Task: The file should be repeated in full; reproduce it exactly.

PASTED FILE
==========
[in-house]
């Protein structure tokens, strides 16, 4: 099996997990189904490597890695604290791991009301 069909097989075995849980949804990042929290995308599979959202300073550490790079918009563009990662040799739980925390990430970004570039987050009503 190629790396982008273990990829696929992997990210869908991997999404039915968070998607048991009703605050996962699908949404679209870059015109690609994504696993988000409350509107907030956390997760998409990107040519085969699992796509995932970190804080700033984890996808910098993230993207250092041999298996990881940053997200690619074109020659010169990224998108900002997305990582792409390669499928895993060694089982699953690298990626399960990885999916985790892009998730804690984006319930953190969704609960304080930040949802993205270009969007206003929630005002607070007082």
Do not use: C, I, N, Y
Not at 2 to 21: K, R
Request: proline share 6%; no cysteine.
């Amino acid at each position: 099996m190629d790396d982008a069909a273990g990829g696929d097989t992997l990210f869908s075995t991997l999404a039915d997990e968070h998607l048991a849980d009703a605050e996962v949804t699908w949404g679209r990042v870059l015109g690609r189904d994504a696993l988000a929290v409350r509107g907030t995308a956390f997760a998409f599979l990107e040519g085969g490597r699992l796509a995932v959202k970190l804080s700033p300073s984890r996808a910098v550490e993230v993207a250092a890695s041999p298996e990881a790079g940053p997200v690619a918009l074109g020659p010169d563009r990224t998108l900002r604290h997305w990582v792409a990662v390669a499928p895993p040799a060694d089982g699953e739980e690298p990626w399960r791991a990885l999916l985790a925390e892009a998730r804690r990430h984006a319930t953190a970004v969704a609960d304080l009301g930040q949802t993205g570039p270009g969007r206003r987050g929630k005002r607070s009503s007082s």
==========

[in-house]
């Protein structure tokens, strides 16, 4: 099996997990189904490597890695604290791991009301 069909097989075995849980949804990042929290995308599979959202300073550490790079918009563009990662040799739980925390990430970004570039987050009503 190629790396982008273990990829696929992997990210869908991997999404039915968070998607048991009703605050996962699908949404679209870059015109690609994504696993988000409350509107907030956390997760998409990107040519085969699992796509995932970190804080700033984890996808910098993230993207250092041999298996990881940053997200690619074109020659010169990224998108900002997305990582792409390669499928895993060694089982699953690298990626399960990885999916985790892009998730804690984006319930953190969704609960304080930040949802993205270009969007206003929630005002607070007082």
Do not use: C, I, N, Y
Not at 2 to 21: K, R
Request: proline share 6%; no cysteine.
């Amino acid at each position: 099996m190629d790396d982008a069909a273990g990829g696929d097989t992997l990210f869908s075995t991997l999404a039915d997990e968070h998607l048991a849980d009703a605050e996962v949804t699908w949404g679209r990042v870059l015109g690609r189904d994504a696993l988000a929290v409350r509107g907030t995308a956390f997760a998409f599979l990107e040519g085969g490597r699992l796509a995932v959202k970190l804080s700033p300073s984890r996808a910098v550490e993230v993207a250092a890695s041999p298996e990881a790079g940053p997200v690619a918009l074109g020659p010169d563009r990224t998108l900002r604290h997305w990582v792409a990662v390669a499928p895993p040799a060694d089982g699953e739980e690298p990626w399960r791991a990885l999916l985790a925390e892009a998730r804690r990430h984006a319930t953190a970004v969704a609960d304080l009301g930040q949802t993205g570039p270009g969007r206003r987050g929630k005002r607070s009503s007082s």